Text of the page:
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Advanced Modeling in Biology
Stilianos Louca (2020), self-published.

This book introduces advanced concepts of mathematical modeling in biology. The following topics are covered:
  • Single- and multi-variate differential equation models (DEMs)
  • Performing numerical simulations of DEMs
  • Fitting DEMs to complex data via maximum-likelihood
  • Linear DEM theory, matrix exponential, eigenvalues, normal modes, growth-transport models
  • Forced linear DEMs, transfer function, impulse response functions
  • Linear stability theory for DEMs
  • Fourier analysis of models and of time series
  • Epidemiological DEM models (e.g., SIR), basic reproduction ratio
  • Vector Autoregression (VAR) models, stability
  • Simulating and forecasting VAR models
  • Fitting VAR models to data
  • Stochastic processes, power spectral density
The book targets senior undergraduate and graduate students in biology with a strong interest in mathematical methods, but could also be of interest to students in physics, mathematics and environmental sciences. Because this book aims to deliver generic modeling principles used across a wide range of situations in biology, readers from other disciplines will find that many of these principles are also applicable in their own field. This book may be freely used as reading material in related university courses or for self-teaching.

Exercises are included throughout the book. References to literature covering additional material are also provided for the interested reader. All computational examples are provided in MATLAB, however the material is taught in a sufficiently general way that permits the use of alternative software such as python or R.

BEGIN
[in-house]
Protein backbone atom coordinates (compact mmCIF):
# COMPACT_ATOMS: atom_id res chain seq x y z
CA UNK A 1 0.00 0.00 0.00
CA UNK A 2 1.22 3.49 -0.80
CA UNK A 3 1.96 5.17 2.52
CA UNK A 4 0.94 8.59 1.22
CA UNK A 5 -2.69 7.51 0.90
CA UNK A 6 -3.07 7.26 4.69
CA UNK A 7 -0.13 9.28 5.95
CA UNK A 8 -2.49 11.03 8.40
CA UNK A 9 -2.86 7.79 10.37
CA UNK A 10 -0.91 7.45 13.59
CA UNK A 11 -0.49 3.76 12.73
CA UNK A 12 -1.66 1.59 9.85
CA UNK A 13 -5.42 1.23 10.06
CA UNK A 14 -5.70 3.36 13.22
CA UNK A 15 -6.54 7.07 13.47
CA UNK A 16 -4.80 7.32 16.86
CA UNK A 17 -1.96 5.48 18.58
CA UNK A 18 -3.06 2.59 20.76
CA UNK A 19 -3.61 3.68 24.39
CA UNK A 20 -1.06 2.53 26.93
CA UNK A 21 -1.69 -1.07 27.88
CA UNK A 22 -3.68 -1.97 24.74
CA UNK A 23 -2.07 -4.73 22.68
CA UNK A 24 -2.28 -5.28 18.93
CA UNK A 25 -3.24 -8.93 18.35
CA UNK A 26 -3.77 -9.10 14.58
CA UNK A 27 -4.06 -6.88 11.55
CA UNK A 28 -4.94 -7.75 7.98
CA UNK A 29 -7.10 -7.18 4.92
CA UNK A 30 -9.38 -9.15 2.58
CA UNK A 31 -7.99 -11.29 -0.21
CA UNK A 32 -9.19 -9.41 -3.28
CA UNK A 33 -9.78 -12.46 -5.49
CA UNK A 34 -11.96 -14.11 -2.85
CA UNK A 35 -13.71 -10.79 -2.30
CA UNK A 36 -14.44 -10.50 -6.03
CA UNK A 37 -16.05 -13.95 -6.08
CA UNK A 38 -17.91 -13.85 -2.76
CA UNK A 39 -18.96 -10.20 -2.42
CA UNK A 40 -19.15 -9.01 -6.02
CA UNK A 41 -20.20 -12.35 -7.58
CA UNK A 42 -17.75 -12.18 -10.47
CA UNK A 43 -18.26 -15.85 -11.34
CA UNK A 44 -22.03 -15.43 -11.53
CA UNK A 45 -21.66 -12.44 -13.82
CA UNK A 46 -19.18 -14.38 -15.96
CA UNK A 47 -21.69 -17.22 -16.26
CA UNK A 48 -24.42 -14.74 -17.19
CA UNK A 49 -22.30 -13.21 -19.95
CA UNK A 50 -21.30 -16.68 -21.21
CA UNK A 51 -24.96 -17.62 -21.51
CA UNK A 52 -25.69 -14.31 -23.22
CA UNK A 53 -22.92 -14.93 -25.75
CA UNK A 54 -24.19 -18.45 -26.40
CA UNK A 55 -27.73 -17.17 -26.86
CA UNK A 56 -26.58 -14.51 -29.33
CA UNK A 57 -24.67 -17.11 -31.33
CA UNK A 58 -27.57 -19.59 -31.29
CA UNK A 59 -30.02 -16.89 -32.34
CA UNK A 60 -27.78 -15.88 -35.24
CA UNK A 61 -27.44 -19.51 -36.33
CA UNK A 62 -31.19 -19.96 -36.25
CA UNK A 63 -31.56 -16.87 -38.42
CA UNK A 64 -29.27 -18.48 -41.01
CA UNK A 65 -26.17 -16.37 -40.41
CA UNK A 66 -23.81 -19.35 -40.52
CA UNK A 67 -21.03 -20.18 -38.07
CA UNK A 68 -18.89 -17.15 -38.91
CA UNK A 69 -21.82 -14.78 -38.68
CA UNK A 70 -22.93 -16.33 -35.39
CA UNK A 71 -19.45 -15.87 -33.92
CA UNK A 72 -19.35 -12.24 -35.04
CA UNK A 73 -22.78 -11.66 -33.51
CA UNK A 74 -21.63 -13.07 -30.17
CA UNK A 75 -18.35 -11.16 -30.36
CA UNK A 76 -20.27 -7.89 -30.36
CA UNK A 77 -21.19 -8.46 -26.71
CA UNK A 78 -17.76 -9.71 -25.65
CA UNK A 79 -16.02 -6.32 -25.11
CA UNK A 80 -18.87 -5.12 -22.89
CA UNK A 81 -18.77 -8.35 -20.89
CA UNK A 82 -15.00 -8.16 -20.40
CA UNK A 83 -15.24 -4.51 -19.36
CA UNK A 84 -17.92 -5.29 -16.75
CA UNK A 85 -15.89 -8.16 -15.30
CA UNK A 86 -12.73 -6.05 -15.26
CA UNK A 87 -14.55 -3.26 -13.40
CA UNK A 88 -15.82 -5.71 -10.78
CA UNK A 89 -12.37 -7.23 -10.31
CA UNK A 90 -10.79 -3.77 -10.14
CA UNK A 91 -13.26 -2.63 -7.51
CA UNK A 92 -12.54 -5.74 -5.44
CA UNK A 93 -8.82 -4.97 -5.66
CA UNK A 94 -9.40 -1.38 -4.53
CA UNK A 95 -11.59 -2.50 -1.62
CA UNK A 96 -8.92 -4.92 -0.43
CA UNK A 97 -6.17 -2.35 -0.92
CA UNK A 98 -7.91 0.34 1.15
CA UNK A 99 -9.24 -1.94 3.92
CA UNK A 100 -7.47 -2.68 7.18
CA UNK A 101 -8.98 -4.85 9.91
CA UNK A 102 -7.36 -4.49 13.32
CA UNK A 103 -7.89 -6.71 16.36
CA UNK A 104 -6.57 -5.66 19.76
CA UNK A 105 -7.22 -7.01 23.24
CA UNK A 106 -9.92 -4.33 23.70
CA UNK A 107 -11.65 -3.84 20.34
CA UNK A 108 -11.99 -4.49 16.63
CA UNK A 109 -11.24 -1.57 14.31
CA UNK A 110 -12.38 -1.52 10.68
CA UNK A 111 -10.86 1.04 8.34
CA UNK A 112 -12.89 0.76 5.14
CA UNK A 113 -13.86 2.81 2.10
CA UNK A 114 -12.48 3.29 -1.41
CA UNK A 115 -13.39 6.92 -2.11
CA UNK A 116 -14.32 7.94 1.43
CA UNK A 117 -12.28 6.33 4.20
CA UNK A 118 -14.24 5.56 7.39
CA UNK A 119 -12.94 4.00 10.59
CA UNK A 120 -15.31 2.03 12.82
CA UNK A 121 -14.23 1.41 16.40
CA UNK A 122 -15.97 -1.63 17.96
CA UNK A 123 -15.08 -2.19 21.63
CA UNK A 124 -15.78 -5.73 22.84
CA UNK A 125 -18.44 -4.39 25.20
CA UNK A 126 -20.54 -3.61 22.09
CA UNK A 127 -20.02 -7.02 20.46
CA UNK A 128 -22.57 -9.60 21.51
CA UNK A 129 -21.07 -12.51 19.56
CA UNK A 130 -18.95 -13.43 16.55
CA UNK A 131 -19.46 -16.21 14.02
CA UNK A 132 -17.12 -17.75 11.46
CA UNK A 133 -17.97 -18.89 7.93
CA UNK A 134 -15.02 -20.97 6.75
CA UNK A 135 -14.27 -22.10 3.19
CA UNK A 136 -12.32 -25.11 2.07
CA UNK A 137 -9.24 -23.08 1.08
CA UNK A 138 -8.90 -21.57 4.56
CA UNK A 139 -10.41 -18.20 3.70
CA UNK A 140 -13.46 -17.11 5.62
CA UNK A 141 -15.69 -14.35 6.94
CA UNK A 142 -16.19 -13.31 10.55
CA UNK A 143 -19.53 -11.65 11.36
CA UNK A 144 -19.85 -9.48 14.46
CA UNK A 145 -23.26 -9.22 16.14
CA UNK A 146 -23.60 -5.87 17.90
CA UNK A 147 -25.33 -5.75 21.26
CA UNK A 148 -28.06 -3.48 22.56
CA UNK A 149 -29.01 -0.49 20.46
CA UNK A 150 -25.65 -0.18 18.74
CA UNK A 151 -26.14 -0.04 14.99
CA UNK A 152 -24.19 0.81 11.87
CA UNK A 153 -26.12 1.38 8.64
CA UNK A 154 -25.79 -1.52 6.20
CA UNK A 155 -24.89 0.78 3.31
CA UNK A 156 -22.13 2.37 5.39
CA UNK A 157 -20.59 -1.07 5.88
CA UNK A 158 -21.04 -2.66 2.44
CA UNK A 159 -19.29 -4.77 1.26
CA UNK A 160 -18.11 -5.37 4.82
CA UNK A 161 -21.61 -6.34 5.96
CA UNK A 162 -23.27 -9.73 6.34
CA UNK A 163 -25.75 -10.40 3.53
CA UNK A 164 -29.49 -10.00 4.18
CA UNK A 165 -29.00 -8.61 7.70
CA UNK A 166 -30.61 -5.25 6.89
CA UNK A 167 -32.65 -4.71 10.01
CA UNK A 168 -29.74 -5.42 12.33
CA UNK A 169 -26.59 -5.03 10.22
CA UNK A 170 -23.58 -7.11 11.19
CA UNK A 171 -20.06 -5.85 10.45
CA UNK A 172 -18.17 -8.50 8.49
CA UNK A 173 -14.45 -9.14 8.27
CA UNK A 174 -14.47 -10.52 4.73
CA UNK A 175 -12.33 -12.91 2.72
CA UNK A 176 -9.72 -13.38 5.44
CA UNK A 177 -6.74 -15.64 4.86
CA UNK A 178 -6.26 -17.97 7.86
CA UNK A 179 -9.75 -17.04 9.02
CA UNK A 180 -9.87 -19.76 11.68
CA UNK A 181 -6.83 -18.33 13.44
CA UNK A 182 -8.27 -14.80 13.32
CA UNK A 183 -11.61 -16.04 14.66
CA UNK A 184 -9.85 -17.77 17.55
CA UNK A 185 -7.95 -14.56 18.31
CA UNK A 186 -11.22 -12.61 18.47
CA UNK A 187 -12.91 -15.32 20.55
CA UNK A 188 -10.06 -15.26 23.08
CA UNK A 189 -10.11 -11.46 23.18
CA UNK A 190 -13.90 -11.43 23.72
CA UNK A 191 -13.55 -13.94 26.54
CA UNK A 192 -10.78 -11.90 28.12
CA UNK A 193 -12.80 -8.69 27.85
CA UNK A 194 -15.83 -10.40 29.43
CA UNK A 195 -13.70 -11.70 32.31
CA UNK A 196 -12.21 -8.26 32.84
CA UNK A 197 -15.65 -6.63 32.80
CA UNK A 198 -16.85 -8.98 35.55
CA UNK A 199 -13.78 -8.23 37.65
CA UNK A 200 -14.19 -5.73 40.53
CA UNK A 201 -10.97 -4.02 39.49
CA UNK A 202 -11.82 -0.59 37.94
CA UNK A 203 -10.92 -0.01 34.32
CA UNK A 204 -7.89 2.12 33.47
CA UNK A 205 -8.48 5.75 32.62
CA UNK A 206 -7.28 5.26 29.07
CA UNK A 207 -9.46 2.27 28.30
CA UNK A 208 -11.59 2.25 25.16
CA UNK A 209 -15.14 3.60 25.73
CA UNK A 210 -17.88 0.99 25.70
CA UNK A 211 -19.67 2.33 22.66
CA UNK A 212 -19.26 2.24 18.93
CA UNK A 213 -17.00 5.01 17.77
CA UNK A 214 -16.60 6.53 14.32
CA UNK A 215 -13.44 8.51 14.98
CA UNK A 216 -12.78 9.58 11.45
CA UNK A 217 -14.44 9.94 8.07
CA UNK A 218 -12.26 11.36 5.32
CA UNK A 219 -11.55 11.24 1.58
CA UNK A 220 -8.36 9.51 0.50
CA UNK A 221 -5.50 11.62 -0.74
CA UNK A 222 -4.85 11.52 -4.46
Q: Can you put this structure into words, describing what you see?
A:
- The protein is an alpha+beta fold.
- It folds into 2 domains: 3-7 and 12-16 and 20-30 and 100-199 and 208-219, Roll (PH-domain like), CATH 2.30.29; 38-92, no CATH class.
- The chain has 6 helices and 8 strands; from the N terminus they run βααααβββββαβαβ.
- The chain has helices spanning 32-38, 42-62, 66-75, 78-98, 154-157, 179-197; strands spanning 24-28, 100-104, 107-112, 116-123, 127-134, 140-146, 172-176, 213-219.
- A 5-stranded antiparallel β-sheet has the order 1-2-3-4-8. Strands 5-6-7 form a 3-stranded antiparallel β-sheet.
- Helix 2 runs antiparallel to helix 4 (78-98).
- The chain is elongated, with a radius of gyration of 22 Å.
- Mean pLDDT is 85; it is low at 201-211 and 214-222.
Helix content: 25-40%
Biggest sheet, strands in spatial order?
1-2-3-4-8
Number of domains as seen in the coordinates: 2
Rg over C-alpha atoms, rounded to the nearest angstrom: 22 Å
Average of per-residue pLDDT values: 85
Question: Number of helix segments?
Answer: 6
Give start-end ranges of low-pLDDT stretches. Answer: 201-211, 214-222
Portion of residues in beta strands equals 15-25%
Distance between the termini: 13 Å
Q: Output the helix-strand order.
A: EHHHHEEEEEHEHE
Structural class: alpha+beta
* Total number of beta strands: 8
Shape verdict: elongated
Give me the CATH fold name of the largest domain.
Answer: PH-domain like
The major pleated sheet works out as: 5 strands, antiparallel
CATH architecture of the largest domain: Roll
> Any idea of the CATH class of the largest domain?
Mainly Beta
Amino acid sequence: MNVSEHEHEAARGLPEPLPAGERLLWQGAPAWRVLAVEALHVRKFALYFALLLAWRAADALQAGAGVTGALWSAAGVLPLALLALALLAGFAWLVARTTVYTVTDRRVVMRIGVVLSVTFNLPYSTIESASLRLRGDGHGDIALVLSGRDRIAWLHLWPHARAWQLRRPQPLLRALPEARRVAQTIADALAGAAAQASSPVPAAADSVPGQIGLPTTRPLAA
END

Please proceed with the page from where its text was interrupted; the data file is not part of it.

Prerequisites: Recommended prerequisites for this book are familiarity with multivariate calculus (multivariate integrals, partial derivatives, basic differential equations), basic linear algebra (matrixes, eigenvectors, systems of linear equations), complex numbers, basic probability and statistics (common distributions, conditional probabilities), and basic experience with computer programming (any language). Readers lacking these prerequisites are strongly encouraged to fill these gaps beforehand, although Appendixes at the end of the book do provide quick introductions to some of these topics.

Download: The latest edition of the book can be downloaded for free here.
Moving from conceptual to mathematical models

Simulation of a simple consumer-resource model (batch cell growth)

Compartmental model for hormone dispersal and decay

Conceptual and mathematical model of a simple food web

Illustration of the Susceptible-Infectious-Recovered (SIR) epidemiological model

Periodic trajectory in the Rosenzweig-MacArthur predator-prey model

Louca lab. Department of Biology, University of Oregon, Eugene, USA
© 2020 Stilianos Louca all rights reserved